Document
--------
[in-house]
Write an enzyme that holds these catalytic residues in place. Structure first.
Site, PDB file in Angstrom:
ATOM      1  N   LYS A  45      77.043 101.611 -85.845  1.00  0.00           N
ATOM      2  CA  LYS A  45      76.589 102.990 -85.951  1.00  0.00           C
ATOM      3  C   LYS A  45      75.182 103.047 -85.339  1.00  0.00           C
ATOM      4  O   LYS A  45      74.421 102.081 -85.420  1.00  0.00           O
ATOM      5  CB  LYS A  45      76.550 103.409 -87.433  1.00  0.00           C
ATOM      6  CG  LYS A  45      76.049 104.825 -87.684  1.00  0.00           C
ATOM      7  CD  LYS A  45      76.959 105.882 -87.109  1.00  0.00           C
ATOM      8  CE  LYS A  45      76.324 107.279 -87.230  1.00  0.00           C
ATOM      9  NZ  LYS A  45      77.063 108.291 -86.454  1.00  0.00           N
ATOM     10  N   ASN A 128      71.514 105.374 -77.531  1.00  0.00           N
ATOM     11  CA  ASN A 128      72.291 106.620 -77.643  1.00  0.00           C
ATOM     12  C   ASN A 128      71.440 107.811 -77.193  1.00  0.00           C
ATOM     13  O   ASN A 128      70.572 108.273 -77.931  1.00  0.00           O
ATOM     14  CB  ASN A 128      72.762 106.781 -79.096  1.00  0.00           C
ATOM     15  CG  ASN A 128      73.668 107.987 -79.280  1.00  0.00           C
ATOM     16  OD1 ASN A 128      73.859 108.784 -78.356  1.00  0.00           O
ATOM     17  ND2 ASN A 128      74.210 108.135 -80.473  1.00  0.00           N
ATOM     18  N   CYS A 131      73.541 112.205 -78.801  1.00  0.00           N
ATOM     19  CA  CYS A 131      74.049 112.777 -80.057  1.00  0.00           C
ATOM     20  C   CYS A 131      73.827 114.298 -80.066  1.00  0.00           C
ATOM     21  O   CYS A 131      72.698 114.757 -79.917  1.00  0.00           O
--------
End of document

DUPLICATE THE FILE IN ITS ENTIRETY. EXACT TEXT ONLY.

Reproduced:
[in-house]
Write an enzyme that holds these catalytic residues in place. Structure first.
Site, PDB file in Angstrom:
ATOM      1  N   LYS A  45      77.043 101.611 -85.845  1.00  0.00           N
ATOM      2  CA  LYS A  45      76.589 102.990 -85.951  1.00  0.00           C
ATOM      3  C   LYS A  45      75.182 103.047 -85.339  1.00  0.00           C
ATOM      4  O   LYS A  45      74.421 102.081 -85.420  1.00  0.00           O
ATOM      5  CB  LYS A  45      76.550 103.409 -87.433  1.00  0.00           C
ATOM      6  CG  LYS A  45      76.049 104.825 -87.684  1.00  0.00           C
ATOM      7  CD  LYS A  45      76.959 105.882 -87.109  1.00  0.00           C
ATOM      8  CE  LYS A  45      76.324 107.279 -87.230  1.00  0.00           C
ATOM      9  NZ  LYS A  45      77.063 108.291 -86.454  1.00  0.00           N
ATOM     10  N   ASN A 128      71.514 105.374 -77.531  1.00  0.00           N
ATOM     11  CA  ASN A 128      72.291 106.620 -77.643  1.00  0.00           C
ATOM     12  C   ASN A 128      71.440 107.811 -77.193  1.00  0.00           C
ATOM     13  O   ASN A 128      70.572 108.273 -77.931  1.00  0.00           O
ATOM     14  CB  ASN A 128      72.762 106.781 -79.096  1.00  0.00           C
ATOM     15  CG  ASN A 128      73.668 107.987 -79.280  1.00  0.00           C
ATOM     16  OD1 ASN A 128      73.859 108.784 -78.356  1.00  0.00           O
ATOM     17  ND2 ASN A 128      74.210 108.135 -80.473  1.00  0.00           N
ATOM     18  N   CYS A 131      73.541 112.205 -78.801  1.00  0.00           N
ATOM     19  CA  CYS A 131      74.049 112.777 -80.057  1.00  0.00           C
ATOM     20  C   CYS A 131      73.827 114.298 -80.066  1.00  0.00           C
ATOM     21  O   CYS A 131      72.698 114.757 -79.917  1.00  0.00           O